Only after making the principle clear does Jesus discuss the particular tradition that had started the discussion, which was that the disciples had eaten without washing their hands first. The point of that tradition was purity. The Old Testament says that those who are God’s people are to be holy as He is holy. To be holy is to be free of any trace of sin. And many of the sins talked about in the Old Testament are said to make the person who commits them unclean, to make that person impure. Adultery, for instance, in Leviticus 18:20, is said to make the person who commits it unclean, and the same thing is said of many other sins. The word is also used concerning what is sometimes called ‘ritual purity’, as opposed to the moral purity that is at issue in the case of adultery. To touch a corpse made a person unclean, even though it wasn’t sinful, according to Numbers 19:13; and the hand-washing tradition appears to be related to this rather than to any ideas of hygiene. When you go about your daily business you come into contact with all sorts of people and things and you have no idea what they have touched or who has touched them, so one’s hands are always considered ritually unclean, just in case, and the way you purify something ritually unclean is to wash it, as the passage in Leviticus explains.

But ritual unclean-ness is not what really matters, Jesus explains. Verse 14, Nothing outside a man can make him unclean by going into him. Rather, it is what comes out of a man that makes him unclean. A few verses later, He explains to the disciples exactly what He means—they don’t appear to have got the point even though they were practising it—v 21: For from within, out of men’s hearts, come evil thoughts, sexual immorality, theft, murder, adultery, greed, malice, deceit, lewdness, envy, slander, arrogance and folly. All these evils come from inside and make a man unclean.

What comes between human beings and God is not ritual impurity, but moral impurity, and that impurity is in the heart, and that is what is real about us in God’s sight whether we express it outwardly or not. Sometimes evil thoughts come out of our mouths; more often they stay in our hearts. That way we can deceive others, and we can even deceive ourselves, but God is not deceived. Remember I Samuel 16:7, the Lord sees not as man sees; man looks on the outward appearance, but the Lord looks on the heart. And what God saw in the heart of the Pharisees and the scribes, what He sees in my heart, and what I dare say He sees in yours too, is what keeps us from our right relationship with Him.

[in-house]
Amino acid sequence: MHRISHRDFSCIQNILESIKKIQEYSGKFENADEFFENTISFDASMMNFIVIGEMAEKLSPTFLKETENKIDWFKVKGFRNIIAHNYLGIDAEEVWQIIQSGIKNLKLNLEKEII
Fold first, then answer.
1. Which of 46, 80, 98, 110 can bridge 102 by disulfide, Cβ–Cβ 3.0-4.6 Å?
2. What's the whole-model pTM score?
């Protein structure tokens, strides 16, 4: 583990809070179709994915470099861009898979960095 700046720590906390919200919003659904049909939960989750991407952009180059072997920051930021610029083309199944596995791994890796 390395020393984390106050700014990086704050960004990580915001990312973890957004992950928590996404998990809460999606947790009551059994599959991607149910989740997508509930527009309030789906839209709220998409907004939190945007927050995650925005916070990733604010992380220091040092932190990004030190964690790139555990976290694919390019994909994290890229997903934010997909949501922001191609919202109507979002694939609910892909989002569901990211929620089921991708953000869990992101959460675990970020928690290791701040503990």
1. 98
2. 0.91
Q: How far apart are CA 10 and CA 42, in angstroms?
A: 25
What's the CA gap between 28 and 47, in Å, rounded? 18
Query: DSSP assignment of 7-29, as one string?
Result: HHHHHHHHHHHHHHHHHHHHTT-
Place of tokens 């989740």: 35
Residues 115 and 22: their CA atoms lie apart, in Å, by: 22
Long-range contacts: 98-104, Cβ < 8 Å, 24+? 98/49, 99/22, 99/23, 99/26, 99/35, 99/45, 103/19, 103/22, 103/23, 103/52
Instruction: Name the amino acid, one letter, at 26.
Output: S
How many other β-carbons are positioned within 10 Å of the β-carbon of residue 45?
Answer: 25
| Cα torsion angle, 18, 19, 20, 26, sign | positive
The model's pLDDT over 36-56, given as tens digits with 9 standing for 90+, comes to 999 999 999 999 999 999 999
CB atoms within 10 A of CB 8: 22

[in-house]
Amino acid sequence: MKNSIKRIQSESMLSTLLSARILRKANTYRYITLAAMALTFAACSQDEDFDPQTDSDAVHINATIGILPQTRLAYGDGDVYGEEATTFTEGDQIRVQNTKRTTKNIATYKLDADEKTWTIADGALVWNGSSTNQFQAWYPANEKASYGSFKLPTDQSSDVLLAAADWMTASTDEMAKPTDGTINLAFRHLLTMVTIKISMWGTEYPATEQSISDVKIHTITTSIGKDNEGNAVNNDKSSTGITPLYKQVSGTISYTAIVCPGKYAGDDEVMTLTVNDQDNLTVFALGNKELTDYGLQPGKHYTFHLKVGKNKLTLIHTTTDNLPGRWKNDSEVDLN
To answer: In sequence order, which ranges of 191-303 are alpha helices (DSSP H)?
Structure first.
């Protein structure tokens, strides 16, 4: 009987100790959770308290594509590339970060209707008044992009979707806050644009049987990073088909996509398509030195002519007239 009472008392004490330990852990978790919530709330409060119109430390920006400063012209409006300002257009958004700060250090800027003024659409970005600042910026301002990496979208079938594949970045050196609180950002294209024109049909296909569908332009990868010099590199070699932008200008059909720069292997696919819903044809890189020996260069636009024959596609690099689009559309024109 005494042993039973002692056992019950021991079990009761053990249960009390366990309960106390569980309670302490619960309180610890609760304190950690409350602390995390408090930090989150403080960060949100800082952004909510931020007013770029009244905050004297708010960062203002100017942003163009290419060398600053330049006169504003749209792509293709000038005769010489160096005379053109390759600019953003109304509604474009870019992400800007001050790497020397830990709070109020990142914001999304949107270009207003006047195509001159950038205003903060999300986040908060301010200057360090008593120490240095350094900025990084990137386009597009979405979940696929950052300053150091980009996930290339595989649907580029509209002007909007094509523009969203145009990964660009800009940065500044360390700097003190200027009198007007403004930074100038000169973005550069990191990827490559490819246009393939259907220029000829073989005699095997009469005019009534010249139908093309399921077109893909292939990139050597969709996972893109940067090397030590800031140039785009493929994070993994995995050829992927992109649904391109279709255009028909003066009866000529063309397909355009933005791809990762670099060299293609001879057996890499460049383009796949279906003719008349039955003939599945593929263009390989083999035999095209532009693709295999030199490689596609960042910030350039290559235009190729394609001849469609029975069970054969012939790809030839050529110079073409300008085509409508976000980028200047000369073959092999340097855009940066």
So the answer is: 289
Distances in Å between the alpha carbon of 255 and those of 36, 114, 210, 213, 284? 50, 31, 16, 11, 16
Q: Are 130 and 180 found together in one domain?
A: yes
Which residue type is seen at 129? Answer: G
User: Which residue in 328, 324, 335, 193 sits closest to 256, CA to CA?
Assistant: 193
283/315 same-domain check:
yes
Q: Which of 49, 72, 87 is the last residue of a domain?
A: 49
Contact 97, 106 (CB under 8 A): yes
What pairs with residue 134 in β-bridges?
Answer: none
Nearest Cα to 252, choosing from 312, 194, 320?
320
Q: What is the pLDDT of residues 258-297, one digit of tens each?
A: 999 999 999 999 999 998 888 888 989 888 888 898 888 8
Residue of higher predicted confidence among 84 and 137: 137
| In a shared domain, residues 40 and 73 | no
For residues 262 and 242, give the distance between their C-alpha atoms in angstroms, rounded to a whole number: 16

What was in the heart of the Scribes and the Pharisees was a devotion to the commandments of men that had become so confused with the commandments of God that they were willing to oppose the greatest act that God had done for mankind. It’s Matthew’s account of this incident that tells us this; Matthew says that the scribes and the Pharisees were offended by what Jesus said. They were offended, because as long as they kept their traditions, they didn’t feel the need to examine their hearts. They had stopped thinking about the purpose of their traditions, and were offended when Jesus told them that as long as they turned these traditions into rules, they were drawn away from God rather than closer to God. So they missed a wonderful opportunity: if it’s what’s in my heart that defiles me, washing my hands won’t achieve anything. It’s my heart that needs to be washed! And there in front of them was the only way to have a clean heart—Jesus, the only way for sinful human beings to be put right with God. It is through faith in Him as Saviour and Lord that our hearts are washed clean and we are put right with God. Nothing wrong with washing hands—unless you think it makes you right with God. Nothing wrong with the religious traditions we observe today—unless we think they put us right with God. If we’re even tempted to think that, better not to observe them at all. Personally, I’m a man who loves traditions. Nothing warms my heart more than the tradition of singing the hymn ‘Abide with me’ before the opening whistle of England’s biggest soccer match, which is a tradition going back long before I was born. Now that I live here, I never get to take part in it, but even so I’d be heartbroken if I found out that it had stopped. When I was young I almost joined the army just because I loved what I read about the traditions observed in the officers’ mess—pass the port to the left unless ladies are present in which case pass it to the right, or something like that! But in my relationship with God, I avoid anything that is merely a human tradition, just because I’m the sort of person who would make a rule out of it as quick as you can say ‘Jack Robinson’. So much safer to focus on Jesus, whose death on the cross cleanses from sin all those who put their faith in Him. What I need to concentrate on is what Jesus says when He explains the hand-washing business. Washing our hands before we eat makes sure that we don’t add dirt to our food, but it has no spiritual value, even if it is part of a religious tradition. Vv 20ff, What comes out of a person is what defiles him. 21 For from within, out of the heart of man, come evil thoughts, sexual immorality, theft, murder, adultery, 22 coveting, wickedness, deceit, sensuality, envy, slander, pride, foolish-ness. 23 All these evil things come from within, and they defile a person. There’s too many of those things coming out of my heart every day for me to have any time to waste criticising someone else because of what they do. So much better to look at my own life, admit to God all the ways in which I fall short of His will for me, and seek His forgiveness, and the power of His Holy Spirit to do better in future. That’s the gospel of the Kingdom, the gospel of repentance for the forgiveness of sins that Jesus came to proclaim. It’s what I need more than anything. If it’s what you need too—and I’m willing to bet you’ll find yourself somewhere in that list that Jesus gives—don’t let any religious tradition, or any non-religious tradition for that matter, draw you away from the fact that God has given you a way to be right with Him, the way of faith in His Son, Jesus Christ our Lord.